Operational Turnaround: In late 2020, Ross Group engaged Greenwood Hospitality, a national hotel management company to assist us with the challenges associated with the pandemic. Greenwood has a long track record of executing hotel turnaround strategies and they adeptly rebuilt the operating team at the hotel, rehiring or replacing employees who had left the hospitality industry. They hand selected a strong team of leaders for the property who successfully navigated an ever-changing set of health and safety protocols. Ross Group and Greenwood made calculated decisions to expand staffing and service levels to meet the growing demand.
Growing Optimism: Based on a number of factors unique to Tulsa, including an open economy and the renewal of events in the downtown area, the hotel’s performance in May eclipsed pre-covid levels. Still, there is uncertainty about how long these trends will last. Ross Group and Greenwood are developing strategies to ensure continued success for the hotel, including a careful return to normal staffing levels and relaunching the Chamber restaurant.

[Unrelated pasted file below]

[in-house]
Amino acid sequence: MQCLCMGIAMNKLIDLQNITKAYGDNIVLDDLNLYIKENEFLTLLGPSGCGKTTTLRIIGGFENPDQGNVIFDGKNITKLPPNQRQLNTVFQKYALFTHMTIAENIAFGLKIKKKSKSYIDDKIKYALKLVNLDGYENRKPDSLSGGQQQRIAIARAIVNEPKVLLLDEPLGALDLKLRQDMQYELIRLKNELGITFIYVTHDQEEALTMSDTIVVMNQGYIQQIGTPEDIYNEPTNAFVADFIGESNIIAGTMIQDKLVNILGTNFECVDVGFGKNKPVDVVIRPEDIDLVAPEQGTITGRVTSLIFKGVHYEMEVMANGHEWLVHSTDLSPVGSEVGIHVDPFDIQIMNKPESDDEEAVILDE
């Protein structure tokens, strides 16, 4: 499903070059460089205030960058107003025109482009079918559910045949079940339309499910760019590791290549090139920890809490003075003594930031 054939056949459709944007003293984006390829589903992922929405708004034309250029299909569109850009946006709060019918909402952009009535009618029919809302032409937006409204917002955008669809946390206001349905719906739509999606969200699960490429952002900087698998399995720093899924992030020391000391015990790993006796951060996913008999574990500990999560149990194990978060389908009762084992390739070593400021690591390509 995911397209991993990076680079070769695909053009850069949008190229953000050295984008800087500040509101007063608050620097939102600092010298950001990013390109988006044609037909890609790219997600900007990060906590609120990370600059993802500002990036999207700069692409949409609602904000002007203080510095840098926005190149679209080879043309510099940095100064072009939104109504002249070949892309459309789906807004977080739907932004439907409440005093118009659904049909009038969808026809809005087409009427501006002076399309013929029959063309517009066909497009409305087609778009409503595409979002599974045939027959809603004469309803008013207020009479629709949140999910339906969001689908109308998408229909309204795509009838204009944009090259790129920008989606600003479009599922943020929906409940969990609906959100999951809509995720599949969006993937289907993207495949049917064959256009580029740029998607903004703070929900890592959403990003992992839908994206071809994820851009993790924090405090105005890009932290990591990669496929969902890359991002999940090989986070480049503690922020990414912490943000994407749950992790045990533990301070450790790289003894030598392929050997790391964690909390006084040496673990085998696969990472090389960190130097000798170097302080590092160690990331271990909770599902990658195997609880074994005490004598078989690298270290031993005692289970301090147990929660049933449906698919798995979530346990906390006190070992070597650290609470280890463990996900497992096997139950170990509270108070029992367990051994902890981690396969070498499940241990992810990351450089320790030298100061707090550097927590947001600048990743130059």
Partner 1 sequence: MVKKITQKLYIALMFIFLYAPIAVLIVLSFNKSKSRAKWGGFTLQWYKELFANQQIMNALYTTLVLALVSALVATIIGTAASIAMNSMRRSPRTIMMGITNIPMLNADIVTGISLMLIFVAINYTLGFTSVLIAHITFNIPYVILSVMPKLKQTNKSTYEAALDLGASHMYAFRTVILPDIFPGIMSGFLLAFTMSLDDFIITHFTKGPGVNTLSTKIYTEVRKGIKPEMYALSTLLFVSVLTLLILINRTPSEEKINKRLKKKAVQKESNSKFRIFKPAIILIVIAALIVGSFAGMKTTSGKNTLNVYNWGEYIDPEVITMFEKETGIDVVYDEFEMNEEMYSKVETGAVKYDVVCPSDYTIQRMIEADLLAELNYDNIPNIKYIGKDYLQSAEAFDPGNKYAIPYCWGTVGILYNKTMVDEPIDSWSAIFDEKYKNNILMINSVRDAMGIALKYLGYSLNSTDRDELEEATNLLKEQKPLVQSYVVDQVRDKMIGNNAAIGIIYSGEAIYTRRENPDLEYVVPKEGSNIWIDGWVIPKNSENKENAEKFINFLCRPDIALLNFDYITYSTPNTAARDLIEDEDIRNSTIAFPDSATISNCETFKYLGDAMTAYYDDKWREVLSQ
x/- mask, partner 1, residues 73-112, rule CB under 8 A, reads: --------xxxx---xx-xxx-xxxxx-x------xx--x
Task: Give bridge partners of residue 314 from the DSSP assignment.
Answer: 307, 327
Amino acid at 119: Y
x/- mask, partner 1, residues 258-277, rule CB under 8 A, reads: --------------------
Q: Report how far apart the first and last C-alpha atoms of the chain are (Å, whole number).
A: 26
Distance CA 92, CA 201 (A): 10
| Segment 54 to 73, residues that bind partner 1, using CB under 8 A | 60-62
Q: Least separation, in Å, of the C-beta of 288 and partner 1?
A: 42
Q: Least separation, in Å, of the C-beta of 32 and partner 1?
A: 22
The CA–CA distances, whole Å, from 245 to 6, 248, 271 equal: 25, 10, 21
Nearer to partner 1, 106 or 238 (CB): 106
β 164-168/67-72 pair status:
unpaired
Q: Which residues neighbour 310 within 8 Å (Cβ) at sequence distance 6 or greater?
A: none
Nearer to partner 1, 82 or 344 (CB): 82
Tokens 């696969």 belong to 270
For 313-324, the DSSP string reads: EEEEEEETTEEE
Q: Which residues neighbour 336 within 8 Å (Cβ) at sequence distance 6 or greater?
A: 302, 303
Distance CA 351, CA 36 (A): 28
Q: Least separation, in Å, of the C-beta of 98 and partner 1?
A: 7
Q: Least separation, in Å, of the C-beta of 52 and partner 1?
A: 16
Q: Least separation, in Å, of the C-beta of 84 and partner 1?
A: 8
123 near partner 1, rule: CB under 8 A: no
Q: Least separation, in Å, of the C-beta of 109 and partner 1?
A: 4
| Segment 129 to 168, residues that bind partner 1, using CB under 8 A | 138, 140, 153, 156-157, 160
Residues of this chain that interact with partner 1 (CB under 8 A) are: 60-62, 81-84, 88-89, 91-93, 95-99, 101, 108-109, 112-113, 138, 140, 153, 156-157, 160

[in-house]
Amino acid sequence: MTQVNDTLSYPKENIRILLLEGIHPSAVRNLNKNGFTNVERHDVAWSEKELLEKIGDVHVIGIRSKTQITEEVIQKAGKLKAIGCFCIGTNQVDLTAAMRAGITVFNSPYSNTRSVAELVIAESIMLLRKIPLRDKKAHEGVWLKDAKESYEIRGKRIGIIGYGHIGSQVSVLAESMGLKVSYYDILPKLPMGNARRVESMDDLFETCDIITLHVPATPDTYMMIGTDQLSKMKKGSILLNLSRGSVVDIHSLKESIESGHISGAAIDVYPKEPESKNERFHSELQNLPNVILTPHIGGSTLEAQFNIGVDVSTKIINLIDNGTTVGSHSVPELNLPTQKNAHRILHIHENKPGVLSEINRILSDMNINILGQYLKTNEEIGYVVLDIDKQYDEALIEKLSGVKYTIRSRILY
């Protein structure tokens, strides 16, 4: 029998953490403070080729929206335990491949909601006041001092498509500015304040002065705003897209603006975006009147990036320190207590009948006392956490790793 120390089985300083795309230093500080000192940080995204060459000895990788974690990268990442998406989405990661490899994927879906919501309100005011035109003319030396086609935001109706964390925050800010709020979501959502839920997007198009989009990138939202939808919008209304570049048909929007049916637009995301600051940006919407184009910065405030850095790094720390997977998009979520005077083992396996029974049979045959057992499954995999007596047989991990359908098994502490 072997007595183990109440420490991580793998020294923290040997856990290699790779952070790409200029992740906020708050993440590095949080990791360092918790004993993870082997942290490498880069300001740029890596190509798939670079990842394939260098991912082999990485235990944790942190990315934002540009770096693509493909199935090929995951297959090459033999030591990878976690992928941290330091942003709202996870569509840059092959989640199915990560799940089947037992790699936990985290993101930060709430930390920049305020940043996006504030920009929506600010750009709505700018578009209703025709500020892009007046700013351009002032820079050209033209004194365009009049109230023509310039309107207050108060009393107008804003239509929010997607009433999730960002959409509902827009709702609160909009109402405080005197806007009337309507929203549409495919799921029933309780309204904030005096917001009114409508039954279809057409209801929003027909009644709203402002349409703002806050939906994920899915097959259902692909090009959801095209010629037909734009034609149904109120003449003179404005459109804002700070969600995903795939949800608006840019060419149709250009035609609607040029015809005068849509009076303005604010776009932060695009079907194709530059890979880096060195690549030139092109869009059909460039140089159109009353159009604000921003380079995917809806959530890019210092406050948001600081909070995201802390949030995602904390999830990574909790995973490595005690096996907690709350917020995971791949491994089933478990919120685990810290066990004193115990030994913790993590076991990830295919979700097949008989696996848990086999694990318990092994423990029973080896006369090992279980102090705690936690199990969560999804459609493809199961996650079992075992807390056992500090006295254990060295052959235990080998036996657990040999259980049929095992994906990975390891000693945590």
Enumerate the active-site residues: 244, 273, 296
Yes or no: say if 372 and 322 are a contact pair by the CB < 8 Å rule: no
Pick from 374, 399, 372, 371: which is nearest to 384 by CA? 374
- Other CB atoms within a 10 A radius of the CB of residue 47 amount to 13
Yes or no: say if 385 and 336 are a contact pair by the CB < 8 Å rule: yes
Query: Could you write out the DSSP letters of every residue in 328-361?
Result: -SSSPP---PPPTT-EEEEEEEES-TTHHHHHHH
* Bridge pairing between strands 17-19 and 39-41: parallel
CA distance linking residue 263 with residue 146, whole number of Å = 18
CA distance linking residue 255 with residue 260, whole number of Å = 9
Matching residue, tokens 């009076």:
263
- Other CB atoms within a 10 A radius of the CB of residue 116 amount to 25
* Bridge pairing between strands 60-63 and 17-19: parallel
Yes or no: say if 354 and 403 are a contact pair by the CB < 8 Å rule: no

Unexpected Surprises: The hotel faced unprecedented freezing weather in February, leading to a string of mechanical systems issues. Ross Group relied on our deep relationships with local vendors and subcontractors to bring in experts to provide emergency repairs. Additionally, an unforeseen labor shortage has impacted hoteliers nationwide. At the Tulsa Club, our dedicated staff has worked plenty of extra shifts and Greenwood has employed an aggressive recruiting campaign searching for new hires from other states.
Fixing What’s Broken: A year of crisis takes its toll on a property. Ross Group has planned and budgeted a series of essential repairs to make sure the hotel remains in great condition for its guests. A list of additional improvements has been planned for 2022 that will include improvements to the public space and banquet facilities, which should see increased use next year.
Excitement for What’s Ahead: As it is now much safer for Americans to travel and gather, the Tulsa Club plans to re-open Chamber restaurant with a new chef and an exciting new menu. The hotel also plans to host pop-up events in partnership with local vendors and will welcome the public to enjoy our Art Deco inspired holiday decor and activities.
The Tulsa Club is now operating normally with our staff providing gracious hospitality to guests every day. While headwinds persist and revenues may remain suppressed for some time, Ross Group and Greenwood are continuing to optimize our hotel and look forward to greeting you during your next stop in Tulsa.
Hotels are dynamic businesses that requires active engagement from ownership, a great hotel management company, and talented staff. As recent events have proven, the hospitality industry is resilient, and as long as people can travel safely, hoteliers will be ready to welcome them!